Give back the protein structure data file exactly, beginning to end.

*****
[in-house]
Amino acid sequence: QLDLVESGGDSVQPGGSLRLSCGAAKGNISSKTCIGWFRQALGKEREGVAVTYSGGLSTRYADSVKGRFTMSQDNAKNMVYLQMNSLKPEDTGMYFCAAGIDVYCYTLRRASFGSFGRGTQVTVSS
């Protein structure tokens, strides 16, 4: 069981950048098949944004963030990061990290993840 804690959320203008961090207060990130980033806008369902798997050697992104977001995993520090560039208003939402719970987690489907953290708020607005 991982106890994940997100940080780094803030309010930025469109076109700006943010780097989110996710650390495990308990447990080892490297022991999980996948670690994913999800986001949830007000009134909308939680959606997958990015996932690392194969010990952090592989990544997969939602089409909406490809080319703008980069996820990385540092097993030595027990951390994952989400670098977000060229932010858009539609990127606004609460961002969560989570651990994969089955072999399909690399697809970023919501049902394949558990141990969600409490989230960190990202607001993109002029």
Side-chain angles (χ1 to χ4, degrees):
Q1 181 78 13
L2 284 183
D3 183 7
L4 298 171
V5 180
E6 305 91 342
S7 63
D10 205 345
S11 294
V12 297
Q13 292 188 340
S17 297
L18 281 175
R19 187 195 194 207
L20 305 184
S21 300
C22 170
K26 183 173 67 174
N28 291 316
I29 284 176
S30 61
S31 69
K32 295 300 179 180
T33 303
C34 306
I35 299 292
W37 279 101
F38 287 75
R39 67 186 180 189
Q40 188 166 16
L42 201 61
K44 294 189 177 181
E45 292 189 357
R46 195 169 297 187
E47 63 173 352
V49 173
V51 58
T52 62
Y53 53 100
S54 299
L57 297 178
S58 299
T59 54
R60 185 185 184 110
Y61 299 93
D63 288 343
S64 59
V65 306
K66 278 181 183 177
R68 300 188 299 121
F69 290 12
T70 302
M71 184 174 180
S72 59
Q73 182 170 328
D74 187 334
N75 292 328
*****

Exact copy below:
[in-house]
Amino acid sequence: QLDLVESGGDSVQPGGSLRLSCGAAKGNISSKTCIGWFRQALGKEREGVAVTYSGGLSTRYADSVKGRFTMSQDNAKNMVYLQMNSLKPEDTGMYFCAAGIDVYCYTLRRASFGSFGRGTQVTVSS
């Protein structure tokens, strides 16, 4: 069981950048098949944004963030990061990290993840 804690959320203008961090207060990130980033806008369902798997050697992104977001995993520090560039208003939402719970987690489907953290708020607005 991982106890994940997100940080780094803030309010930025469109076109700006943010780097989110996710650390495990308990447990080892490297022991999980996948670690994913999800986001949830007000009134909308939680959606997958990015996932690392194969010990952090592989990544997969939602089409909406490809080319703008980069996820990385540092097993030595027990951390994952989400670098977000060229932010858009539609990127606004609460961002969560989570651990994969089955072999399909690399697809970023919501049902394949558990141990969600409490989230960190990202607001993109002029």
Side-chain angles (χ1 to χ4, degrees):
Q1 181 78 13
L2 284 183
D3 183 7
L4 298 171
V5 180
E6 305 91 342
S7 63
D10 205 345
S11 294
V12 297
Q13 292 188 340
S17 297
L18 281 175
R19 187 195 194 207
L20 305 184
S21 300
C22 170
K26 183 173 67 174
N28 291 316
I29 284 176
S30 61
S31 69
K32 295 300 179 180
T33 303
C34 306
I35 299 292
W37 279 101
F38 287 75
R39 67 186 180 189
Q40 188 166 16
L42 201 61
K44 294 189 177 181
E45 292 189 357
R46 195 169 297 187
E47 63 173 352
V49 173
V51 58
T52 62
Y53 53 100
S54 299
L57 297 178
S58 299
T59 54
R60 185 185 184 110
Y61 299 93
D63 288 343
S64 59
V65 306
K66 278 181 183 177
R68 300 188 299 121
F69 290 12
T70 302
M71 184 174 180
S72 59
Q73 182 170 328
D74 187 334
N75 292 328